Have you noticed Café Colore, the new coffee shop and restaurant on the corner of Palackého and Jungmannova streets in Prague city center that has been doing business for three months now? The former bank space has been transformed into a fancy interior, predominantly in tones of red, divided into smoking and nonsmoking sections. Perhaps few guests pay much attention to the restaurant’s décor, but we had the opportunity to inspect it thoroughly. After all, what else is there to do when waiting for your meal to be served?
The smoking section evidently seeks to create the impression of an orderly and sedate place, but the raging red color somewhat spoils the effect. It is ubiquitous: on the doors, the wood paneling, the chairs and — in accord with Julis Meinl’s flagship color — even on the staff aprons. Completing the impression of a living room was certainly the objective of placing a bookcase in the corner, but to us at least it looked more like an unconvincing mock-up.
There are hang-outs where the guests leisurely and naturally browse books while sipping their coffee: Café Colore is not one of them. Perhaps this is because it lacks the kind of completely relaxed atmosphere agreeable to oddballs and bookworms. The hanging of pictures parodying classical masterpieces — evidently intended as a mischievous and self-mocking gesture in the respectable living-room environment — was a total failure.
The smoking section, initially harmlessly smokeless, filled at noon with a thick, unbreathable fog, in which a few workaholics bent over their laptops and a few young people intrepidly lounged about. They must have instinctively headed for this place after they had caught sight of the prints of several works by the London street-art wizard Banksy on the walls.
We hurried through here to the toilet, and just a cursory stay in the smoking room is more than enough. Moreover, when it comes to atmosphere, the space is reminiscent of a railway station buffet. Hence, we hurried back to the living room. At least you can breathe there.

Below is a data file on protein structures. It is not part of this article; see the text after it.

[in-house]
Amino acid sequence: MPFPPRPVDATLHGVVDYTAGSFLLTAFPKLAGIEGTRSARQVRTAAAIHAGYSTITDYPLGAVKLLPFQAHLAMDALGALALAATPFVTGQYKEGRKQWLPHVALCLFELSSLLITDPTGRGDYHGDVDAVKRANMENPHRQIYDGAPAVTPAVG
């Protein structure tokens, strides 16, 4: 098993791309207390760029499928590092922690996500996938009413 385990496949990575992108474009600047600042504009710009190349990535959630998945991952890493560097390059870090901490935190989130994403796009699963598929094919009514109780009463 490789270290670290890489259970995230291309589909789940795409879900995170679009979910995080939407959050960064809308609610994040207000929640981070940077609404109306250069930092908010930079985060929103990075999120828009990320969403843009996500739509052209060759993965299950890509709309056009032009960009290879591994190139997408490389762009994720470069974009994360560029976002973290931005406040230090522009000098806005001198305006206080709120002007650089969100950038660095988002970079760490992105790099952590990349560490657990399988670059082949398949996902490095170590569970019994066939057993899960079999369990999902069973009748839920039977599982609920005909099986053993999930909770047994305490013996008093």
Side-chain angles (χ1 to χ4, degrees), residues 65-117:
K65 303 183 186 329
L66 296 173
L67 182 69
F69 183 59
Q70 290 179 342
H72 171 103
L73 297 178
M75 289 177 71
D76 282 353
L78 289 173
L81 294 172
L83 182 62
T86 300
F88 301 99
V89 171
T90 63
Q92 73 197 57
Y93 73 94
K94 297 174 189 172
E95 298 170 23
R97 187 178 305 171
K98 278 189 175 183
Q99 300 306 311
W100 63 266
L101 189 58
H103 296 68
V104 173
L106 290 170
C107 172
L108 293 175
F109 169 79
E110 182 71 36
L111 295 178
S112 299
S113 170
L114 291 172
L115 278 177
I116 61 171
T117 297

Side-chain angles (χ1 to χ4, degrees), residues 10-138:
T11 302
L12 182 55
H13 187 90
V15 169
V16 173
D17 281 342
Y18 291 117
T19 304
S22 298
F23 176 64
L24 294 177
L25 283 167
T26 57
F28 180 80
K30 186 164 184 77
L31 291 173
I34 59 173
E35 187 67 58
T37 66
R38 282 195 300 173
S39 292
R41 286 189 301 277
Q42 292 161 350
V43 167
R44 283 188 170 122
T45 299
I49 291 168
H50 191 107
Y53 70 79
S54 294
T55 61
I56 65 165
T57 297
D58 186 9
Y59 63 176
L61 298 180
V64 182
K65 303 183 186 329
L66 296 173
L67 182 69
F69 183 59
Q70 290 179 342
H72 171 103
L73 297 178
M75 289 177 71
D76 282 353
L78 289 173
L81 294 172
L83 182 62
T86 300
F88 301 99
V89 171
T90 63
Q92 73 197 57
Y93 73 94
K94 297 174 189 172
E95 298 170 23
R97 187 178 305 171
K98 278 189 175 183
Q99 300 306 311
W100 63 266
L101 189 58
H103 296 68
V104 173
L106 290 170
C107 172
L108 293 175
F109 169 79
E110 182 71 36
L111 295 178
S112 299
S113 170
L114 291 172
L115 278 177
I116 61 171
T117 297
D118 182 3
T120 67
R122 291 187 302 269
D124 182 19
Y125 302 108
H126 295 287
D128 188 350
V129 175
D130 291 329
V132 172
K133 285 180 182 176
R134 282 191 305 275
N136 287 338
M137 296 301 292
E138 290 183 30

Our table was filled with papers informing us of a number of dining variants, from the weekly menu through the more expensive seasonal menu to the fixed menu. We earned the considerate attention of the café owner himself, who readily explained the ingredients of the dishes and also initiated us in the history of the business.
We started with the soups: the Krkonoše from the weekly menu, and the Advent pumpkin. All the meals from the weekly menu seem to be for the calorie-conscious — the Krkonoše soup, for example, served in a small white cup, consists of approximately five spoonfuls of a sort of slightly blended potato soup with whole or sliced mushrooms. It had a very good taste, not destroyed by any overly bold flavorings, but perhaps they could have gone easier on the pepper.
The pumpkin soup, on the other hand, served in a large bowl, satisfied us not only as regards the quantity. Besides the core ingredients, it had bits of dried apricot, plums and, here and there, apple. Floating on the top are sliced almonds and parsley. Thanks to the cream, it has a wonderfully smooth consistency. We can safely say that the soup is one of the best variations on the pumpkin theme we have ever eaten in Prague; ideal for one of those cold winter’s days.
The first of the main courses — the salmon fillet — was again selected from the weekly menu. The salmon, or rather baby salmon, is a curious matter: On the plate it looks like it has been heated up in the microwave. The plate itself, however, is not hot. From one end it tastes “normal,” from the other a touch smoked. On all accounts, it is definitely not an entirely fresh specimen; the owner himself revealed to us that their fish is more often than not “fresh frozen.” We would first and foremost expect a high-quality dressing from the cook — what, after all, had we paid Kč 150 crowns for?